04/03/2010 - 00:00

Mismanagement writ large: Part I

04/03/2010 - 00:00

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Wanton waste and excess are all-too common among our politican overlords.

THERE was a time that, whenever I cast my mind back to recall what the word Canberra had conjured up during my childhood, the images inspired pride and admiration.

Mental pictures flashed through my mind of the Old Parliament House, War Memorial, Lake Burley Griffin, and the National Library.

Today whenever Canberra is raised I’m invariably inclined to recall that poignant Old English phrase, Ne’er-do-wells, which Google defines as anyone up to no good or generally thought to be worthless.

Has State Scene become bitter and twisted over the years of this reversal in perception?

Most definitely not.

Those who taught me - especially those dedicated nuns from southern Ireland - constantly warned against such predispositions.

And their advice remains heeded.

So why the 180-degree turn-around?

Simple; because Canberra is where one increasingly finds so much wanton waste and gross mismanagement by our political rulers, whose endemic money grubbing, spendthrift and wastrel ways are destroying a once-great country.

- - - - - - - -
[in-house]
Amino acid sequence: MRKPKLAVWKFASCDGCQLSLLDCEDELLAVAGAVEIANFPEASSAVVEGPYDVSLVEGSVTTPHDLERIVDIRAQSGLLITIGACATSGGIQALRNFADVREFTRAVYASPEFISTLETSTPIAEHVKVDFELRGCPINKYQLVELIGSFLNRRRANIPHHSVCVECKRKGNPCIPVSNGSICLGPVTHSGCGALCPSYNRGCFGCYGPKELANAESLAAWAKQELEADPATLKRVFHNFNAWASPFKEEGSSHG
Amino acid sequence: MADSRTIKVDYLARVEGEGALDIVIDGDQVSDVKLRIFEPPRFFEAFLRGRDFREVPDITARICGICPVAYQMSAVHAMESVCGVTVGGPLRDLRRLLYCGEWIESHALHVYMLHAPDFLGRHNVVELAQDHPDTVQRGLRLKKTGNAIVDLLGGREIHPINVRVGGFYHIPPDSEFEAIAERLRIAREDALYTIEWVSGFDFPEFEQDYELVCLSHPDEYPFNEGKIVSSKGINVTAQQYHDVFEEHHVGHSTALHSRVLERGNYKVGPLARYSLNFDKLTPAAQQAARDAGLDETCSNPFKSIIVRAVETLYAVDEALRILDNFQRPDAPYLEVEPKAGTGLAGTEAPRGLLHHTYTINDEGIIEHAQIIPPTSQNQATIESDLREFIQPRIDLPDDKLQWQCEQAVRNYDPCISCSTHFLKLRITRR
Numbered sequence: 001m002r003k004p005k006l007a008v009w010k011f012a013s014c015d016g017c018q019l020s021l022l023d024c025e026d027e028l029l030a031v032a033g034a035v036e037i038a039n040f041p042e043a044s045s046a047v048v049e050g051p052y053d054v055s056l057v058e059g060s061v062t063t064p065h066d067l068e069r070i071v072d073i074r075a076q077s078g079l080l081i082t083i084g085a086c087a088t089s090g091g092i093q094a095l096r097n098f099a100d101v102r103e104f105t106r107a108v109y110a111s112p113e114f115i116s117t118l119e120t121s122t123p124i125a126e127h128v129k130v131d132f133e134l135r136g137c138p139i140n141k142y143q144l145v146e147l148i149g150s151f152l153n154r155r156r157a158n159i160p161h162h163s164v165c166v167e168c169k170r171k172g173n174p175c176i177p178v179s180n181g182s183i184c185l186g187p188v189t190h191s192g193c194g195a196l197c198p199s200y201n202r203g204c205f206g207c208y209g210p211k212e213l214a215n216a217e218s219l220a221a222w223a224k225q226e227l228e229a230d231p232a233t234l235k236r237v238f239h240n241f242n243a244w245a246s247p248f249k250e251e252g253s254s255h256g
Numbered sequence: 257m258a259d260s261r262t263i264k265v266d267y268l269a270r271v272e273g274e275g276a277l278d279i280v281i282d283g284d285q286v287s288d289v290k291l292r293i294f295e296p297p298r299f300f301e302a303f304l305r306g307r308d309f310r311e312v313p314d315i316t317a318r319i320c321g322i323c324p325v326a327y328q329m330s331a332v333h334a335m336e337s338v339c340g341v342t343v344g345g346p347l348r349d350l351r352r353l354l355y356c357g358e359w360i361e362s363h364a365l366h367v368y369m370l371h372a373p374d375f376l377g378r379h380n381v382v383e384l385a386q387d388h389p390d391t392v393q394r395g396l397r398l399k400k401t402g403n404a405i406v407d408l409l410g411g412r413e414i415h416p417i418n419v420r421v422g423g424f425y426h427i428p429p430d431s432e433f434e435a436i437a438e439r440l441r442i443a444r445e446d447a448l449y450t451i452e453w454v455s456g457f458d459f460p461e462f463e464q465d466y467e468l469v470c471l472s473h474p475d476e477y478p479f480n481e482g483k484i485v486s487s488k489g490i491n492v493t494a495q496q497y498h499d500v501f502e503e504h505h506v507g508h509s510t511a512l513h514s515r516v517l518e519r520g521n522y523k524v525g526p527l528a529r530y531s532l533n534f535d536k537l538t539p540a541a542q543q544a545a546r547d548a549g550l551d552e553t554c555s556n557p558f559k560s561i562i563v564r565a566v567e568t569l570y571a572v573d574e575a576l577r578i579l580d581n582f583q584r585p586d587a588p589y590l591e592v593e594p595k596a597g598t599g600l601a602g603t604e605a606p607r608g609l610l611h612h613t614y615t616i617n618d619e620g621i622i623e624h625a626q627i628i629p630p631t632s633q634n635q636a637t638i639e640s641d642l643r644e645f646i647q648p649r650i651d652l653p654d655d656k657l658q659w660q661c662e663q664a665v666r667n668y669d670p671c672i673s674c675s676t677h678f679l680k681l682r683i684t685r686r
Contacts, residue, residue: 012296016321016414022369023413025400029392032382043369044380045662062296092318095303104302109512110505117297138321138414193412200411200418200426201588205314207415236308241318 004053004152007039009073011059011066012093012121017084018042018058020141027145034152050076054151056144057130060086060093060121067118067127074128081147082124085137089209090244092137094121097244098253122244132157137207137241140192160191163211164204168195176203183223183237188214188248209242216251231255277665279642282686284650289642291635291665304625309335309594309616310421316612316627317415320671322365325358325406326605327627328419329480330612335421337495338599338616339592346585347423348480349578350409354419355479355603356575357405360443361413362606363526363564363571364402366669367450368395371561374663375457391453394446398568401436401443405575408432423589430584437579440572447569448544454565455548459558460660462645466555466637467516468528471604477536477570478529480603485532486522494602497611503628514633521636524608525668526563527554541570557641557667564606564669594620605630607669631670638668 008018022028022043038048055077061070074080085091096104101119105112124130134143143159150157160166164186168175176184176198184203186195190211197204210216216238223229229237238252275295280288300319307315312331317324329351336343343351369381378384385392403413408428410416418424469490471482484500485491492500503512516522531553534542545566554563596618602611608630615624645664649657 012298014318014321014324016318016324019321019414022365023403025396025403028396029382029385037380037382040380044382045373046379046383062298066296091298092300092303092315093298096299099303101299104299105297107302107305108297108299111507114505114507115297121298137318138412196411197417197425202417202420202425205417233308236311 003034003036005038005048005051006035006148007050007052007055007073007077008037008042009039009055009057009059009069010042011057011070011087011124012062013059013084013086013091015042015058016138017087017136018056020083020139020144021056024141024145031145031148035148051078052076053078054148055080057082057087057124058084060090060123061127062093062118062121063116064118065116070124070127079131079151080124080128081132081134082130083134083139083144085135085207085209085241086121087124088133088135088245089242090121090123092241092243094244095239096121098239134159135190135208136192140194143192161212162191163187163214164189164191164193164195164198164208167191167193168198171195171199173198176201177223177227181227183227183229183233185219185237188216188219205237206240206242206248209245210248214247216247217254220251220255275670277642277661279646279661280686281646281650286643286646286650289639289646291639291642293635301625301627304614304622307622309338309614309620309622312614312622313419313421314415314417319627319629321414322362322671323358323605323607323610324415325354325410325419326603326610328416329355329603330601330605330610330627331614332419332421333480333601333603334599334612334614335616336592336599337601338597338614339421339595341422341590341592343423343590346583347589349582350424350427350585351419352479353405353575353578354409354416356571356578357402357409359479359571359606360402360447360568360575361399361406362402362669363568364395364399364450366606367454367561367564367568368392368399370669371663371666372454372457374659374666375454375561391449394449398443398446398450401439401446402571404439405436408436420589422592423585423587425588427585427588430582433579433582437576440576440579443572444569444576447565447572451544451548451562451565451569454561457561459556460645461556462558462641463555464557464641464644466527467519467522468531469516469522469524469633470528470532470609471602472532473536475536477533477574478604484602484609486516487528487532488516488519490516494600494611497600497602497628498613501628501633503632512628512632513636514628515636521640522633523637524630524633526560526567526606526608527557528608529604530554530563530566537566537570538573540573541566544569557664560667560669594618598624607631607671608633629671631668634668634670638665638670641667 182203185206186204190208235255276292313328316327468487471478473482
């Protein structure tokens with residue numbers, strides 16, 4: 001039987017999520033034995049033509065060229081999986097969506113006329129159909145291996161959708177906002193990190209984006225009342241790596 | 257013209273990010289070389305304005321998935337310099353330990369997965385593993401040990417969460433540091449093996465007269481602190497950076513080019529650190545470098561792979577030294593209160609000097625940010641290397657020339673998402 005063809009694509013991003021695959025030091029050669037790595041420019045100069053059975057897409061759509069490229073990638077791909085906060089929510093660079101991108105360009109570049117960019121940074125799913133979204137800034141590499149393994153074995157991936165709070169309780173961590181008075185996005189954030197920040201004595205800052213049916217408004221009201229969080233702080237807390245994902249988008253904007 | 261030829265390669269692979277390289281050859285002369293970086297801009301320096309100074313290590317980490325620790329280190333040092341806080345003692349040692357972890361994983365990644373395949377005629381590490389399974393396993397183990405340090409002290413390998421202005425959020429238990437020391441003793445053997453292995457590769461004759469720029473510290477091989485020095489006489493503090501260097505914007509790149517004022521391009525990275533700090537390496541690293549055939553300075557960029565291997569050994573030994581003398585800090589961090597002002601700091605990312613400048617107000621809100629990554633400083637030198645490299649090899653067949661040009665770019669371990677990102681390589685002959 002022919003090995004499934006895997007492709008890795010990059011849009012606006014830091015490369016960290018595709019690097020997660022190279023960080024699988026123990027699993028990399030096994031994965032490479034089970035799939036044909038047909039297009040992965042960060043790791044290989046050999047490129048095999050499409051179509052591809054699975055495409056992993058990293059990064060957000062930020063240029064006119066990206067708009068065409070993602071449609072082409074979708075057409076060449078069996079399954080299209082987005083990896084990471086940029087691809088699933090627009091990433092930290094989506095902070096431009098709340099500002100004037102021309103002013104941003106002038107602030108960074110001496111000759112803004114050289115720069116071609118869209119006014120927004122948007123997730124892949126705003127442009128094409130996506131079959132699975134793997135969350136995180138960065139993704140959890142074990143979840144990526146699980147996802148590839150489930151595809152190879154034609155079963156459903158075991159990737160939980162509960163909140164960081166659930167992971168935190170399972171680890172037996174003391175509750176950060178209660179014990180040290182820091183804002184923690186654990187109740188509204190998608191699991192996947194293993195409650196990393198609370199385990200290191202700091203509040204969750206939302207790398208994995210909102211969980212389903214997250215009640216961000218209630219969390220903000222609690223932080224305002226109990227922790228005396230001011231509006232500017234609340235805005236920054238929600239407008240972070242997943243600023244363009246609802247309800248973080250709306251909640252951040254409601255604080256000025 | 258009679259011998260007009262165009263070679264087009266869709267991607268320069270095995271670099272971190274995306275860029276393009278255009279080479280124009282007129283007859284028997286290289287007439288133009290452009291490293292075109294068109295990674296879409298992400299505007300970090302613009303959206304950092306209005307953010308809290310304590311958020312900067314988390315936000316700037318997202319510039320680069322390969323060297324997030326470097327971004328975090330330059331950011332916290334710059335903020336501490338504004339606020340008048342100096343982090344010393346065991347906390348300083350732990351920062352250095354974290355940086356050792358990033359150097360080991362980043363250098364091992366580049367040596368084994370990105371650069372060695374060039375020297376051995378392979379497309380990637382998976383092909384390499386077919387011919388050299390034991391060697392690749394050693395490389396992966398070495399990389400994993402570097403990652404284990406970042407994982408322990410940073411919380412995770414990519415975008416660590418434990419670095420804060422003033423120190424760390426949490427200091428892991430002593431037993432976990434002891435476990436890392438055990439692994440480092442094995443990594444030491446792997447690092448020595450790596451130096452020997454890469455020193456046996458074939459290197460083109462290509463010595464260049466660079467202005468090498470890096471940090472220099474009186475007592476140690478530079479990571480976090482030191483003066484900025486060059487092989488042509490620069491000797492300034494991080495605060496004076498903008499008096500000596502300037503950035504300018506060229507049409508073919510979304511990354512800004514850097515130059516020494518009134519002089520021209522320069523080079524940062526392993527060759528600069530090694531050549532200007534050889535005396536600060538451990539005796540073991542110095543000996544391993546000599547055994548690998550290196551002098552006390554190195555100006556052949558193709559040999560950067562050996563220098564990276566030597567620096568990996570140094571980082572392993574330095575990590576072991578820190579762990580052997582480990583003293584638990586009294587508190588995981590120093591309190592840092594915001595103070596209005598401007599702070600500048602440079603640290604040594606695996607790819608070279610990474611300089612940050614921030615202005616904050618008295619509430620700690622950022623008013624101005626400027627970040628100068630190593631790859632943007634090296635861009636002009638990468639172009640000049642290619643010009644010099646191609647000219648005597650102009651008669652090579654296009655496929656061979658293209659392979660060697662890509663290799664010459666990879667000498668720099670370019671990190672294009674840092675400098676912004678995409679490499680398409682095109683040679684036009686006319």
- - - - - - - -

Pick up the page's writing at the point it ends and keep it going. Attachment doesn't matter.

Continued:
Is such a three-pronged perspective evidence of being bitter and twisted?

Again, most definitely not.

To help confirm this, consider some of the ever mounting evidence that supports those contentions.

Firstly, the money grubbing.

State Scene briefly visited Melbourne last month and, among other things, met-up with a former federal MP whom I’d known well during my five years there.

During our chat I inquired as to the whereabouts of another one-time federal MP.

Although his response isn’t quoted word for word, it’s pretty close: “Oh, he’s moved to Canberra and seems to be heavily involved with the association that looks after former MPs’ interests,” he said.

“From what I’m able to gather he’s spending most of his time trying to beef-up retirement benefits for us.”

Just how many former federal MPs are presently receiving parliamentary pensions and other perks?

What precisely are they costing taxpayers annually?

What are all their taxpayer-funded benefits? Do those benefits extend to their family members? And if yes, why and how much is all that costing taxpayers?

And while on this, why should former MPs draw taxpayer-funded pensions and perks anyway?

Why can’t they be like the rest of us – arrange their own superannuation and save for their retirement while drawing their handsome parliamentary salaries.